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“This Is What Happens to Couples Under Stress”: An Interview with Esther Perel

Creating routines

Creating routines

Too much is expected of modern relationships: your partner is supposed to fulfil roles that historically used to be spread out within communal structures. Your partner is supposed to be your best friend, lover, psychotherapist, child-care co-worker, and dishwasher.

What is essential during a crisis is to create boundaries, routines, and rituals. As best as possible, separate daytime and evening, week time and weekend, working time and idle time, family time and individual time. Routine creates a structure and brings a certain sense of order.

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IDEA EXTRACTED FROM:

“This Is What Happens to Couples Under Stress”: An Interview with Esther Perel

“This Is What Happens to Couples Under Stress”: An Interview with Esther Perel

https://www.newyorker.com/culture/the-new-yorker-interview/this-is-what-happens-to-couples-under-stress-an-interview-with-esther-perel

newyorker.com

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Key Ideas

Creating routines

Too much is expected of modern relationships: your partner is supposed to fulfil roles that historically used to be spread out within communal structures. Your partner is supposed to be your best friend, lover, psychotherapist, child-care co-worker, and dishwasher.

What is essential during a crisis is to create boundaries, routines, and rituals. As best as possible, separate daytime and evening, week time and weekend, working time and idle time, family time and individual time. Routine creates a structure and brings a certain sense of order.

How to respond to the "invisible work"

During the pandemic, being at home with a partner reveals the "invisible work" they're doing, which may be taken for granted. This expanded view of ourselves and our partners can go in two directions.

  • In one direction, you are curious and say, "I never knew. I really appreciate it. I realize how I let you do everything." It becomes a source of connection.
  • It the other direction, it becomes a source of blame where you want to complain and tell your partner just how much you are doing. This way, you're not going to get help.

How people should fight

Couples go through harmony, disharmony, and repair. So they will inevitably get into arguments. However, what matters is how you fight. Don't highlight everything negative while taking the positive for granted.

  • Start by saying to yourself, "What are the one or two things that they have done that I can appreciate?" If you start with that, you will fight differently.

  • Stay focussed on the one thing that you're upset about at this moment. Don't end up talking about other things.

The positive side of a crisis

During disasters, our priorities get reorganised. The extra often gets thrown out. Changes get made. "We will move. We will change jobs. We will live closer to our parents." There are so many new openings.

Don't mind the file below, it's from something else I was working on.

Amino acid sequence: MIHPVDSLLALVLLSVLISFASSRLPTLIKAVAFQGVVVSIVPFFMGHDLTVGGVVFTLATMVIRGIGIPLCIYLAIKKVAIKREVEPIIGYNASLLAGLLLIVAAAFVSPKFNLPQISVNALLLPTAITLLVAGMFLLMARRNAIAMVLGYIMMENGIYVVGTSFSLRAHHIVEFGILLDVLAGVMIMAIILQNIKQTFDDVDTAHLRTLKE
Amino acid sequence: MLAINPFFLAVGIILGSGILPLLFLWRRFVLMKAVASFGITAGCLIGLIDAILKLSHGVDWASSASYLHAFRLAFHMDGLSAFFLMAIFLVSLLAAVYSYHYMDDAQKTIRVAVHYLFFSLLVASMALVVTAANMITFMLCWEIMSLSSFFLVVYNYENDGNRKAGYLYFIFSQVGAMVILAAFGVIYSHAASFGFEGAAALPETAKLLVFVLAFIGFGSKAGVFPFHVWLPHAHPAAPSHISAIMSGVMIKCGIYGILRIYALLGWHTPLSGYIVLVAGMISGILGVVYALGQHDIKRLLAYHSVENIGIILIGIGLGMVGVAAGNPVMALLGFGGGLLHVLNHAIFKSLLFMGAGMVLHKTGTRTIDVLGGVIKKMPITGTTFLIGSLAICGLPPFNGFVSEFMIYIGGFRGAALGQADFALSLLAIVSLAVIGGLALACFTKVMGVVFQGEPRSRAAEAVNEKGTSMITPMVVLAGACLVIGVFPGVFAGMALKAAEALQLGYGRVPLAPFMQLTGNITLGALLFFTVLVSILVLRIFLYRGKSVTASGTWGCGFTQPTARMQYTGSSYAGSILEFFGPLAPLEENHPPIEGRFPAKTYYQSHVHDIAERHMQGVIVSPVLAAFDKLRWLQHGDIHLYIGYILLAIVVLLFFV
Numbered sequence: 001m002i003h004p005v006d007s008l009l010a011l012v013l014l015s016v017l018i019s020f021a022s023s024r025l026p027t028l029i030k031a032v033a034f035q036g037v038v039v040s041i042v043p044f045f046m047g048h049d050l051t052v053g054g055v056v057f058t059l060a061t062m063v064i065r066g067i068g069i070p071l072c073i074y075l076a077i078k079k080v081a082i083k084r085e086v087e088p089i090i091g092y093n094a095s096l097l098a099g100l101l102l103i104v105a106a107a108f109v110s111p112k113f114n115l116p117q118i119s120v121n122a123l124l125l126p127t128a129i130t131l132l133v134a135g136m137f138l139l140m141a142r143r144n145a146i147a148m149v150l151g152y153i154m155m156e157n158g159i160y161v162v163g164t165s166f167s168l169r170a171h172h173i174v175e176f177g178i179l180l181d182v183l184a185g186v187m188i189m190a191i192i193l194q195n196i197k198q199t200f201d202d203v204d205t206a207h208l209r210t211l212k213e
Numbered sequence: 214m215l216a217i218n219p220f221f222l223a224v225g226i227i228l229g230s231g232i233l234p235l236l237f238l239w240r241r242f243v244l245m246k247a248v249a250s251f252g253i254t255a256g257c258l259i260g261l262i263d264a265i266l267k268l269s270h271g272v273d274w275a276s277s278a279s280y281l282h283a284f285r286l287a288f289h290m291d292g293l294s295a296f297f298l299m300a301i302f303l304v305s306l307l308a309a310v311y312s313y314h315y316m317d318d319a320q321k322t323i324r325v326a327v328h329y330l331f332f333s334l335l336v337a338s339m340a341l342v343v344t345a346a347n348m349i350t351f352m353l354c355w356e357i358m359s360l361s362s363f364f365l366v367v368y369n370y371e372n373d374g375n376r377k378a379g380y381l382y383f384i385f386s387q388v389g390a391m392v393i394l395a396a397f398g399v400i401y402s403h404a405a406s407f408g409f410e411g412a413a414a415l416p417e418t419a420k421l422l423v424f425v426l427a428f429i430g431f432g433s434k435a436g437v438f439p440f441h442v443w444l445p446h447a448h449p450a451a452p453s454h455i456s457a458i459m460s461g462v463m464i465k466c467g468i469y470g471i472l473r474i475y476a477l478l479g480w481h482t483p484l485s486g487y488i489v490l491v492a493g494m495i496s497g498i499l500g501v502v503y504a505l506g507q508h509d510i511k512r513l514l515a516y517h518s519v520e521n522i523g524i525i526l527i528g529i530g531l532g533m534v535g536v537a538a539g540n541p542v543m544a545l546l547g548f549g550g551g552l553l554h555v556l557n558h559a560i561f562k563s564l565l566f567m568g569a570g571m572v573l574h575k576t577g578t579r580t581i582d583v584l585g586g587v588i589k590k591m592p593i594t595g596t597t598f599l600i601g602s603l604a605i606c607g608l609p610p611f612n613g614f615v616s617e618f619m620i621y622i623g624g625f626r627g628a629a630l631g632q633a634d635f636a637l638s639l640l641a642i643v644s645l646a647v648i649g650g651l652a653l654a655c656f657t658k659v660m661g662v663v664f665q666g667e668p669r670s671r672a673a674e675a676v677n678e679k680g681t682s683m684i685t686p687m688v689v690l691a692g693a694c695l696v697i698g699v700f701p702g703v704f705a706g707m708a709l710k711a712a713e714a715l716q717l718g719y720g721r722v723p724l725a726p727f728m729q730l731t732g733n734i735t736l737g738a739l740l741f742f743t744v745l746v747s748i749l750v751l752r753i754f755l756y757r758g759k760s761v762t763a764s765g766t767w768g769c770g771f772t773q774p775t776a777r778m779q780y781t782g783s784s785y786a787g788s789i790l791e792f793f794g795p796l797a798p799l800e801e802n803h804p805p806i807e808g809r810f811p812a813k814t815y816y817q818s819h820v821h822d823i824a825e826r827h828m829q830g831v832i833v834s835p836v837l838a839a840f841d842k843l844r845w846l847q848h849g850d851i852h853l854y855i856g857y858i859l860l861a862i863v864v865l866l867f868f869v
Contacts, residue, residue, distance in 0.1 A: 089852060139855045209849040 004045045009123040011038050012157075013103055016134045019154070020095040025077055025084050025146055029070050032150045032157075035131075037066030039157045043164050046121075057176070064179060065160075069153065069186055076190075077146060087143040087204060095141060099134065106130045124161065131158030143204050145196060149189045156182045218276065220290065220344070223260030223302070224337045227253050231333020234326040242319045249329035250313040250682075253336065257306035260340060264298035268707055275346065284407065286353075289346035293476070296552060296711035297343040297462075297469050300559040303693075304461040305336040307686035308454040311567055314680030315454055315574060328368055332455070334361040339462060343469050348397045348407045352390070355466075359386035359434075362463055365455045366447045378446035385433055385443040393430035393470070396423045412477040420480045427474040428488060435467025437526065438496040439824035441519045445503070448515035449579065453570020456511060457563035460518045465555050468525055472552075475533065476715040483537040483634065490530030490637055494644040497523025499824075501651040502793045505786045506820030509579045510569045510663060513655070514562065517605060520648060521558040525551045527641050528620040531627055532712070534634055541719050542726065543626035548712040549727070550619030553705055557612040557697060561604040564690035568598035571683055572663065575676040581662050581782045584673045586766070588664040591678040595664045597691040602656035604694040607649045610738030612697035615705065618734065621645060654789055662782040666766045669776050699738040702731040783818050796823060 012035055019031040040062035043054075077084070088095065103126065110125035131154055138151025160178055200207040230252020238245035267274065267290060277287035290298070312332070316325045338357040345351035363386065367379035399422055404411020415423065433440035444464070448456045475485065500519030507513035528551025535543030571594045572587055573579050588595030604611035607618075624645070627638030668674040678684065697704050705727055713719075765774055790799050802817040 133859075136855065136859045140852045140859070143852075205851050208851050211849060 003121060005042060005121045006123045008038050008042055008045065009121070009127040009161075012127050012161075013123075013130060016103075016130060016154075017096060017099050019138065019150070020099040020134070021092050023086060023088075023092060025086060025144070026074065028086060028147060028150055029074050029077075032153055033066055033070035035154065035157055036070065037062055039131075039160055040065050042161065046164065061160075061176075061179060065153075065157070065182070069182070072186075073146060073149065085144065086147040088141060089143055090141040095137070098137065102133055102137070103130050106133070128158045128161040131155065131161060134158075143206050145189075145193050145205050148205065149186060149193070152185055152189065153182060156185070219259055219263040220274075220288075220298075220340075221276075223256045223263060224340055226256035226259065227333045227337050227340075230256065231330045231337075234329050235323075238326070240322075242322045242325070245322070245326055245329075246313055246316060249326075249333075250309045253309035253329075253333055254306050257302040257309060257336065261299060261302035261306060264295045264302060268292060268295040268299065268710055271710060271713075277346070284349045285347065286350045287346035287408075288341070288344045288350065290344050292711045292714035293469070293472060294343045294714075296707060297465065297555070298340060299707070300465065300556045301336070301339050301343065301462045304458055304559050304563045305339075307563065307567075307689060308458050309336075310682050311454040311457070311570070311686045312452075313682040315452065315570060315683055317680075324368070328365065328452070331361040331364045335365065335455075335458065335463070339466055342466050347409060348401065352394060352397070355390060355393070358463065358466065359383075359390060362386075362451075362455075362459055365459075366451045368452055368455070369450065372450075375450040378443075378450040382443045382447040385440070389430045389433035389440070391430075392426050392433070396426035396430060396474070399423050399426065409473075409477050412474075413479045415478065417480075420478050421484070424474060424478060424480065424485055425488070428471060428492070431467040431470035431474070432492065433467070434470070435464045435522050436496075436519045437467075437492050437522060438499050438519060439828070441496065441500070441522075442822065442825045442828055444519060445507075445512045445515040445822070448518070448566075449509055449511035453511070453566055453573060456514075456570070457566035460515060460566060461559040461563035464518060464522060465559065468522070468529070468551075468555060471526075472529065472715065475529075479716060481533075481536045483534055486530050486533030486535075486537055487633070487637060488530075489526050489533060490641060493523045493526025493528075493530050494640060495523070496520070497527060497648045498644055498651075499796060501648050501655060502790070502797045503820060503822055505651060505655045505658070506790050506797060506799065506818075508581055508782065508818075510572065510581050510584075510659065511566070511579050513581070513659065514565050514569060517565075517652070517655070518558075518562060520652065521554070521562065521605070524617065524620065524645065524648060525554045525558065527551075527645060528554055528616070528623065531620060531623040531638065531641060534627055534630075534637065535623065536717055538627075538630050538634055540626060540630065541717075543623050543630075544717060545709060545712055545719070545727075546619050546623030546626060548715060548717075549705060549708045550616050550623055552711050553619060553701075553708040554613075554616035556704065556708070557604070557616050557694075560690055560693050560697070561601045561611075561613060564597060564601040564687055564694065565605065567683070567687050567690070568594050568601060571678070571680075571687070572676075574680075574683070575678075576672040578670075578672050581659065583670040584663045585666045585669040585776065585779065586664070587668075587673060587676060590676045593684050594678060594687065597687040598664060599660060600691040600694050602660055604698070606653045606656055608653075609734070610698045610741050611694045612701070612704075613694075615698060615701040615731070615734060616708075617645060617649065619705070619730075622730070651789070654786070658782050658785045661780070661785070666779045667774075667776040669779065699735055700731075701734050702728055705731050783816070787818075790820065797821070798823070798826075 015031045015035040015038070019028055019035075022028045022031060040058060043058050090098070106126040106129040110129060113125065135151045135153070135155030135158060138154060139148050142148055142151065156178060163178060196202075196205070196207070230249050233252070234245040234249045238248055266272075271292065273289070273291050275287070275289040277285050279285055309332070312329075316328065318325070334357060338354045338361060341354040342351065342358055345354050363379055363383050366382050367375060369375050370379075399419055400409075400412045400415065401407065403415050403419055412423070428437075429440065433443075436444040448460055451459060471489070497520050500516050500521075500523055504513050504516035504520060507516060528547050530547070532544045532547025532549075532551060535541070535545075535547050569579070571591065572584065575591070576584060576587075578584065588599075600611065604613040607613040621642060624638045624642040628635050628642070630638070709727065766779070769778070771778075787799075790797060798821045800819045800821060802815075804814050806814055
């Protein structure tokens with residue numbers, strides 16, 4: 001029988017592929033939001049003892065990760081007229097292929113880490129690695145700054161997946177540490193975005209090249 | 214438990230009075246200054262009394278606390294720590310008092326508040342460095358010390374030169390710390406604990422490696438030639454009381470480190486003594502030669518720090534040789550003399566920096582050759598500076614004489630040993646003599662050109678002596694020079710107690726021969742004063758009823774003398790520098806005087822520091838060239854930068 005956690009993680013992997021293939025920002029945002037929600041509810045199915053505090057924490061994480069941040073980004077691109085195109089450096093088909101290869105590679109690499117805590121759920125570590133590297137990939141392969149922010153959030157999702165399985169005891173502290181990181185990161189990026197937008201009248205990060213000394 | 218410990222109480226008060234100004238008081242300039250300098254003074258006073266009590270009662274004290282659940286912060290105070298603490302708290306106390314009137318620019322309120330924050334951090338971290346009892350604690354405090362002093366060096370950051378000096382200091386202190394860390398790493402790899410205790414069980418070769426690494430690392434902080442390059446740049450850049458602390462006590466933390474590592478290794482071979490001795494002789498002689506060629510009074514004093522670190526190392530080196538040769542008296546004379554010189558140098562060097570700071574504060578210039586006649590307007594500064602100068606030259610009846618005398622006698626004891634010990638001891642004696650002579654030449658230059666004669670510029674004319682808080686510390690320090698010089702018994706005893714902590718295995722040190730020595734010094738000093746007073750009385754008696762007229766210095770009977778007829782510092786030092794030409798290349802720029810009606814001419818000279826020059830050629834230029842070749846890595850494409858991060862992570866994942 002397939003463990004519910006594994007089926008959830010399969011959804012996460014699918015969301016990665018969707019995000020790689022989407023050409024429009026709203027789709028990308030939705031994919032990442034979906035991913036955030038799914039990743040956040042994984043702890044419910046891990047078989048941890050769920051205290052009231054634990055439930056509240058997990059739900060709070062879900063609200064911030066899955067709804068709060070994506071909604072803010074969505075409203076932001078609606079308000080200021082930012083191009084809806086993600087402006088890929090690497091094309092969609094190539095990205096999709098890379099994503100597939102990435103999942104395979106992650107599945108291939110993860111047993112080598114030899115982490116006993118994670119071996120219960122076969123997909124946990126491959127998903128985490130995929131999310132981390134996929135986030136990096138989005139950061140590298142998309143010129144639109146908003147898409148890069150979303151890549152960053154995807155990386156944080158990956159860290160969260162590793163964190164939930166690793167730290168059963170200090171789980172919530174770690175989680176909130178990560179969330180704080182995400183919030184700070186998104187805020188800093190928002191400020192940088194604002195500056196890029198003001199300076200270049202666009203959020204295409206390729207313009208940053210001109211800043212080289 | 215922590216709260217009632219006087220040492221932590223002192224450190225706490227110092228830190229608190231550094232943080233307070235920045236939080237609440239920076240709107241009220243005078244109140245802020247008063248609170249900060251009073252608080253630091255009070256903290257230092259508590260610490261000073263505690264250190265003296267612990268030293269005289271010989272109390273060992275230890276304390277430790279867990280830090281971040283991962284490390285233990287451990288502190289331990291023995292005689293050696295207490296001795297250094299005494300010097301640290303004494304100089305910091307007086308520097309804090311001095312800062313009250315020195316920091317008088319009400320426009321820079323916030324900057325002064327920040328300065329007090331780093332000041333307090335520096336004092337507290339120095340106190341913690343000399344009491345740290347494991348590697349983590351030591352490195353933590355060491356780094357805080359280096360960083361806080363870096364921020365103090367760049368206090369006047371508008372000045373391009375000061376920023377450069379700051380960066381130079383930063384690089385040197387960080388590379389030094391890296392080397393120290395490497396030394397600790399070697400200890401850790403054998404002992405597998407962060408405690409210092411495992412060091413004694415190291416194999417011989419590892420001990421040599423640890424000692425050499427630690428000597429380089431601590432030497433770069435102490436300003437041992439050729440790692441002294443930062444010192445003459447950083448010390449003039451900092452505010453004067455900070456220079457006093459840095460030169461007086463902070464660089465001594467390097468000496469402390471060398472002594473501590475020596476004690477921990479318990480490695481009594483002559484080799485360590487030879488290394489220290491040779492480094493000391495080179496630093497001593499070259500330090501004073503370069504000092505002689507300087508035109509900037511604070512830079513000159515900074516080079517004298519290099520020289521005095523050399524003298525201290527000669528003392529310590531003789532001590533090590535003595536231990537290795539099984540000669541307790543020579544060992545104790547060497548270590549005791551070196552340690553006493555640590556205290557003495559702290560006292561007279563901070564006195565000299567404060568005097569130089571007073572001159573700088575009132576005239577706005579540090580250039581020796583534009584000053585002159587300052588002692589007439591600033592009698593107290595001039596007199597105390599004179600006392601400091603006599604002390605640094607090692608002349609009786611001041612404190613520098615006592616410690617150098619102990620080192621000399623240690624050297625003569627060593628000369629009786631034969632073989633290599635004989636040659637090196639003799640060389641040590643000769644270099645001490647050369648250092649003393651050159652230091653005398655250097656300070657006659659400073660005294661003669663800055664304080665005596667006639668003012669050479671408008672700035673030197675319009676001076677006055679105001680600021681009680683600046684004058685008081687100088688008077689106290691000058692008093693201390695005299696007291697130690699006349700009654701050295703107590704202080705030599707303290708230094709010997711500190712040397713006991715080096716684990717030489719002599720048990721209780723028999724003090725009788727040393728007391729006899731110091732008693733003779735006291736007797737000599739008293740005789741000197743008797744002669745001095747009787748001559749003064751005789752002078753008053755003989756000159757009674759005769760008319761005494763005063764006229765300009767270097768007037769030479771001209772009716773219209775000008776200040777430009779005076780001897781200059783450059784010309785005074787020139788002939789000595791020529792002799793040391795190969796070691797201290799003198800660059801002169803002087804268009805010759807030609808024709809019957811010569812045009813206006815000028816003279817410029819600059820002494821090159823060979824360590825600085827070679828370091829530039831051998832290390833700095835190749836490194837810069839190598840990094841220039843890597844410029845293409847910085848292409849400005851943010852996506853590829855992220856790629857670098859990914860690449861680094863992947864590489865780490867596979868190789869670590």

The cracks in relationships may be amplified, but the cracks can also let the light shine through.

The one thing to improve relationships

While couples are stuck together during this crisis, it's important to know that they'll turn on each other and take things out on each other. This is normal.

Instead of fighting, admit it together, and go from "I and you" to the "we." "What is this doing to us? What does 'us' need at this moment?"

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The extreme adaptability that served us so well in evolution is, today, a source of anxiety: at any given point we could choose one of a million options for our life. But the overwhelming number of options only makes us stressed, depressed and anxious, to the point we choose nothing and simply gaze at possibilities.

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It’s not necessarily a bad thing to fight

It’s not necessarily a bad thing to fight

Certain lines should not be crossed, and it’s important to repair them.

For that, keep in mind you have to validate the other person’s feelings and acknowledge the fact they experience t...

The form fights take

  • The first dynamic of an argument: you gather the information that reinforces your beliefs and neglect information that challenges them.
  • The second dynamic: the negative attribution theoryIf I’m treating you poorly, it’s because I had a bad day.
  • The third dynamic: the negative escalation cycle. This is when we instigate from a person the very behavior we don’t want.

Mistakes during arguments

  • "Holding: the absolute truth: We think that when we say something during a conflict, it is an absolute truth rather than a reflection of an experience. If I feel it, then it must be a fact.
  • Using the words "always" and "never:" I always do all the work/You never help with the work. Nobody likes to be defined by someone else.
  • Chronic criticism: It happens when you criticize so much that you leave the other person feeling like he can never do anything right.

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